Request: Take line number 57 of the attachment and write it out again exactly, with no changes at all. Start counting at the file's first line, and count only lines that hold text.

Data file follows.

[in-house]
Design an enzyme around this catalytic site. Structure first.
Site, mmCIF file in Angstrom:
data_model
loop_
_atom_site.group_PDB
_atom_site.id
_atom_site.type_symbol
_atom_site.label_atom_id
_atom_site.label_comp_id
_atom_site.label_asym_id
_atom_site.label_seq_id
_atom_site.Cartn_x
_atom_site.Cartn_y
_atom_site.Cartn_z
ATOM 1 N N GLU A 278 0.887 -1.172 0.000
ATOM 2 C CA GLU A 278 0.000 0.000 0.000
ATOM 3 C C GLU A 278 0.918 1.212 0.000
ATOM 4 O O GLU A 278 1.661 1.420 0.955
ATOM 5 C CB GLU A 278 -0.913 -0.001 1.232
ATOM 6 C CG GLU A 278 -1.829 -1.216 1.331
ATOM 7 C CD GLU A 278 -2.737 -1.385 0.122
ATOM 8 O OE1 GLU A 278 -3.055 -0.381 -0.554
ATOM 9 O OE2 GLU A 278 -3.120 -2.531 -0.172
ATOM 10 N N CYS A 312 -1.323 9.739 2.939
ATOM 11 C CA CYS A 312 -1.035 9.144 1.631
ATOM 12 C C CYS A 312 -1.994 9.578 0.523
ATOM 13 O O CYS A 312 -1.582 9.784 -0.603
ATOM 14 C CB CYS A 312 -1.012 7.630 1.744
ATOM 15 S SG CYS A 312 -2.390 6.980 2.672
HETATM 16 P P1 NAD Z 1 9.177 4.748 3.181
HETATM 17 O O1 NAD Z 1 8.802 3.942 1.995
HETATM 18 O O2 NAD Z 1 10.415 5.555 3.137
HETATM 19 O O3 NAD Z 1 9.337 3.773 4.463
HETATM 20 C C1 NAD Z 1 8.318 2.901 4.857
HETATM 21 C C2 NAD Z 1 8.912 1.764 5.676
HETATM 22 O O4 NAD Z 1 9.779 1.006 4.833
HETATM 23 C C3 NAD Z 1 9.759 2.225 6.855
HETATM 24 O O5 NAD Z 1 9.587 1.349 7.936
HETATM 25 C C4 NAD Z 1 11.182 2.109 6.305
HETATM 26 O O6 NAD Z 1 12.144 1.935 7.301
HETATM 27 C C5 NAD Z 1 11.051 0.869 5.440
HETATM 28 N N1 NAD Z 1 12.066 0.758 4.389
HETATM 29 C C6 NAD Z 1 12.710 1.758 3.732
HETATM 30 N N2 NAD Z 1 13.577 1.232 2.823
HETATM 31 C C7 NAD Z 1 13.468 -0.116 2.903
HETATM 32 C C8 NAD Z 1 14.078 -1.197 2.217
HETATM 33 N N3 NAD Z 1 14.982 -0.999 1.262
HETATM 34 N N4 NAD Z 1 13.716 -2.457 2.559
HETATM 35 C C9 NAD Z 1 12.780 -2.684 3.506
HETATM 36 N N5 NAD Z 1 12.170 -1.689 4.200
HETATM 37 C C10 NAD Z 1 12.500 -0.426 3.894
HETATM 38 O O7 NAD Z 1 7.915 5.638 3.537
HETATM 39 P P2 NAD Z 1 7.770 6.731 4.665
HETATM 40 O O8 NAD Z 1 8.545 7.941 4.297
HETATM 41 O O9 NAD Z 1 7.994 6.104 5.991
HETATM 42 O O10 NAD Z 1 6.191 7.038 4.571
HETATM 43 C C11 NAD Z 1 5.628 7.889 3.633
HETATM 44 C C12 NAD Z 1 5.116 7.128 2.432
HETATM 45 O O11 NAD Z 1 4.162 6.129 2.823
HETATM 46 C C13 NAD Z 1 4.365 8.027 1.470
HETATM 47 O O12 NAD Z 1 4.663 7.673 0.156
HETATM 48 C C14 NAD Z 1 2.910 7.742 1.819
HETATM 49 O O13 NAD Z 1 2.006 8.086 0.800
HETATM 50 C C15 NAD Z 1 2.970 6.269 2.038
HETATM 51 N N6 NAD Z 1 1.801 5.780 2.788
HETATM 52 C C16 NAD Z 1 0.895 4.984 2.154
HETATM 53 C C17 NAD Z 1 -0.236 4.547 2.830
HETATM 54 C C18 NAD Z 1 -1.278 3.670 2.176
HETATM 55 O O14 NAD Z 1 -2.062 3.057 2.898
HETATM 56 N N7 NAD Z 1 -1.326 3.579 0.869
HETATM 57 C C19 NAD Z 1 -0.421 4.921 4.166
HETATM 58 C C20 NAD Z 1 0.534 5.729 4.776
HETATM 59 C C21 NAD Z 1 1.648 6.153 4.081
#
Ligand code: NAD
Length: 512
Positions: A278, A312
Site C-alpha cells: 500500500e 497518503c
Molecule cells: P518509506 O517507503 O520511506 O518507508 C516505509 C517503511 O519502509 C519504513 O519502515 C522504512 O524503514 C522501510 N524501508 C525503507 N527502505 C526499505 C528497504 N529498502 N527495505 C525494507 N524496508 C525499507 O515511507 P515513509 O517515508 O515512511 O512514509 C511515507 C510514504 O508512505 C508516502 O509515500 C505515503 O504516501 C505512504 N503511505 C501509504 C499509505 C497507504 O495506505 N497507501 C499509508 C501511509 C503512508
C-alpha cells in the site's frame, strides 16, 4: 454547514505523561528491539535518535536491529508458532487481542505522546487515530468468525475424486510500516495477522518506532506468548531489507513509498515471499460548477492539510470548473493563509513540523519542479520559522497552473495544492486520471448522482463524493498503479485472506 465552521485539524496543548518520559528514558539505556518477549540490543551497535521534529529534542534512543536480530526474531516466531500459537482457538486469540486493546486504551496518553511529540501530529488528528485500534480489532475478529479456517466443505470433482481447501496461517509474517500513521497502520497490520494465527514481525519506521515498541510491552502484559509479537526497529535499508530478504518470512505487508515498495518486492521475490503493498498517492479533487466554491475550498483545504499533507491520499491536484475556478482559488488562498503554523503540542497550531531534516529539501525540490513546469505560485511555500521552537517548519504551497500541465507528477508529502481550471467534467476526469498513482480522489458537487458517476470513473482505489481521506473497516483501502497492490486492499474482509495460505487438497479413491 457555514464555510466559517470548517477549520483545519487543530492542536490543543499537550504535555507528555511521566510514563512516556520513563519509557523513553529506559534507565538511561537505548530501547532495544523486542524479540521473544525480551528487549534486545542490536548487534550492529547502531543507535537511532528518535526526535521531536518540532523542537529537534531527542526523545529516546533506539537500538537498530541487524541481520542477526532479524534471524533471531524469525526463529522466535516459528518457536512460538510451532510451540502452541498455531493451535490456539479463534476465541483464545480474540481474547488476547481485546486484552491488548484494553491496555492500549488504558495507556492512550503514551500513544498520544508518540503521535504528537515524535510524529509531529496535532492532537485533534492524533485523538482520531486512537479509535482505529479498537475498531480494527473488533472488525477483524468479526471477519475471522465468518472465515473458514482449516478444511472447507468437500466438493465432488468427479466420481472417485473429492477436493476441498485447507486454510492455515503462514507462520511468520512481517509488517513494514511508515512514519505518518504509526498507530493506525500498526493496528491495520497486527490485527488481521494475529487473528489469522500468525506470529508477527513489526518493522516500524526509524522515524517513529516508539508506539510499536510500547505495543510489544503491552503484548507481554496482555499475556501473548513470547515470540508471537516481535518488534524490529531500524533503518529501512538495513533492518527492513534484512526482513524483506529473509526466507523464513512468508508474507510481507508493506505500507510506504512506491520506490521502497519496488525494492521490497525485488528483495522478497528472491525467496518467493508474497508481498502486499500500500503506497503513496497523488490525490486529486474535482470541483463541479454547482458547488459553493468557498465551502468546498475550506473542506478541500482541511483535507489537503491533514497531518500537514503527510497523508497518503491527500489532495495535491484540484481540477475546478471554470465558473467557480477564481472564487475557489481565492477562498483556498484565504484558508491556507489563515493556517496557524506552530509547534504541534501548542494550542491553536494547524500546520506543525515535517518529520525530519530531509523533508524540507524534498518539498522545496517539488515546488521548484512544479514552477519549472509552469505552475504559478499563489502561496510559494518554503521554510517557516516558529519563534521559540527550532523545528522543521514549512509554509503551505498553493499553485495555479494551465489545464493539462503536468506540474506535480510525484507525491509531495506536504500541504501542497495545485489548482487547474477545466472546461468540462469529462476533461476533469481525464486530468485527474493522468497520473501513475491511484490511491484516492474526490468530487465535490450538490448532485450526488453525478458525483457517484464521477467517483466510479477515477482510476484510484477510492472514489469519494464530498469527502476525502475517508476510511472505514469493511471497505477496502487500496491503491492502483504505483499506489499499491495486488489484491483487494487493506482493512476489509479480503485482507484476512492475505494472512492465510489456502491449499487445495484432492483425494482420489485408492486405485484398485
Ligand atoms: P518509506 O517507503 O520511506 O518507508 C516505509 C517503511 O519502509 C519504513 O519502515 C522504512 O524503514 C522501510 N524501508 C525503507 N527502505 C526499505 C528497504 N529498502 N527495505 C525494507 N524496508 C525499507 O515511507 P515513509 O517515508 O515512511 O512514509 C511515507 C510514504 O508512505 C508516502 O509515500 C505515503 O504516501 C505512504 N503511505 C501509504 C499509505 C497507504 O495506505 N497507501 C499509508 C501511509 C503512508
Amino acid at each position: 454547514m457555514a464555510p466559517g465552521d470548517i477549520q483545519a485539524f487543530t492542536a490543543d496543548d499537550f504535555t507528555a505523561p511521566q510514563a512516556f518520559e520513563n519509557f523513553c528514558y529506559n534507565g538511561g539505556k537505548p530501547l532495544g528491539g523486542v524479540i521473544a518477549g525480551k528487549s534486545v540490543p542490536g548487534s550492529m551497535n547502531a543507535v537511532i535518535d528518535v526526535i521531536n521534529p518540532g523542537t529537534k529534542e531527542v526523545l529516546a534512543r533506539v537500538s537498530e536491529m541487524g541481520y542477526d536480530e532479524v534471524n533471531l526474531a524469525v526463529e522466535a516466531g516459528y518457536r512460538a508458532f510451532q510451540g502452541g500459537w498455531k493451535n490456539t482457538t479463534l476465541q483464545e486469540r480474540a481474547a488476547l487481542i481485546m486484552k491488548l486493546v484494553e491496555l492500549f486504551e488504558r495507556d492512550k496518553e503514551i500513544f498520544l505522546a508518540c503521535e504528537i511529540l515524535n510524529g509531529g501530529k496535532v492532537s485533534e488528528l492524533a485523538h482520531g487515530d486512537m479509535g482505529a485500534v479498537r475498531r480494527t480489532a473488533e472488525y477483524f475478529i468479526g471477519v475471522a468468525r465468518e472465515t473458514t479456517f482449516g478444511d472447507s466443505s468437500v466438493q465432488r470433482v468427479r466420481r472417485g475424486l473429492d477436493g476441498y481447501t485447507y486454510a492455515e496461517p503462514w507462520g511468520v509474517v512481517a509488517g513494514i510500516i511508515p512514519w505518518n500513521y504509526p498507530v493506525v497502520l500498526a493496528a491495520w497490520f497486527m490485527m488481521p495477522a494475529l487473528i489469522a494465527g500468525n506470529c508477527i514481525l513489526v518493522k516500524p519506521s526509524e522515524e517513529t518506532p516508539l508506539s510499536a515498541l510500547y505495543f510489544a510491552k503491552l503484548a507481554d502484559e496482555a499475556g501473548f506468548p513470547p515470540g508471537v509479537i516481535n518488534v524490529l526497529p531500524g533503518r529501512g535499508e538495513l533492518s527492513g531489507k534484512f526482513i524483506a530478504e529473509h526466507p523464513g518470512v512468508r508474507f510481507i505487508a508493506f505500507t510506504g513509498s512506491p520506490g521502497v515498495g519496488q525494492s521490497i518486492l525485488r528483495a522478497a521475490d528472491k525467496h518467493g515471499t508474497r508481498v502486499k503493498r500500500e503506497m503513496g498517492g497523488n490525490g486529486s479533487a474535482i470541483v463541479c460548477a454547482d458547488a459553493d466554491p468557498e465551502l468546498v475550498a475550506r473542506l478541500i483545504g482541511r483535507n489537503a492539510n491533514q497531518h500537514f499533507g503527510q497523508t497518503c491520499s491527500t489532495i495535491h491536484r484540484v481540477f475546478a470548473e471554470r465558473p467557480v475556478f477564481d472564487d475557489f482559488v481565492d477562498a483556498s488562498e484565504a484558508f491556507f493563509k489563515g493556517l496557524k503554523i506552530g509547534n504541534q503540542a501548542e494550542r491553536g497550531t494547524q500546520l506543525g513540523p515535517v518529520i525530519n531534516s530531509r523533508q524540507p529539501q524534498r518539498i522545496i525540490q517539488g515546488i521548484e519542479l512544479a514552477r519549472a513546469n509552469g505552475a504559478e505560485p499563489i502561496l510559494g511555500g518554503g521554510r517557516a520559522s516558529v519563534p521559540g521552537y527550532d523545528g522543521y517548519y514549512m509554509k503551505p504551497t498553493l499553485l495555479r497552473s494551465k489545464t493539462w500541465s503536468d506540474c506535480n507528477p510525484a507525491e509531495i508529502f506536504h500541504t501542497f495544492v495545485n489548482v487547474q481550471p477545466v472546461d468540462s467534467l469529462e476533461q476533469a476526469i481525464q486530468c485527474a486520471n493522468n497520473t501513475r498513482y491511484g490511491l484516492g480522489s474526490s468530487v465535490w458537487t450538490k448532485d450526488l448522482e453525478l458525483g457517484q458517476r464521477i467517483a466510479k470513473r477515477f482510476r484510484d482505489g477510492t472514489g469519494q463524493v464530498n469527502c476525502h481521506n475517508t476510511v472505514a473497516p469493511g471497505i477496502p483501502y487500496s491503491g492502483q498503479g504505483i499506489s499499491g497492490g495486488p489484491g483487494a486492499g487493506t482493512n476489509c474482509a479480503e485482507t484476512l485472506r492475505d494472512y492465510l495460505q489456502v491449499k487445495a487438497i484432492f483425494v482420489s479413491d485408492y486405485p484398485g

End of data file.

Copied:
HETATM 42 O O10 NAD Z 1 6.191 7.038 4.571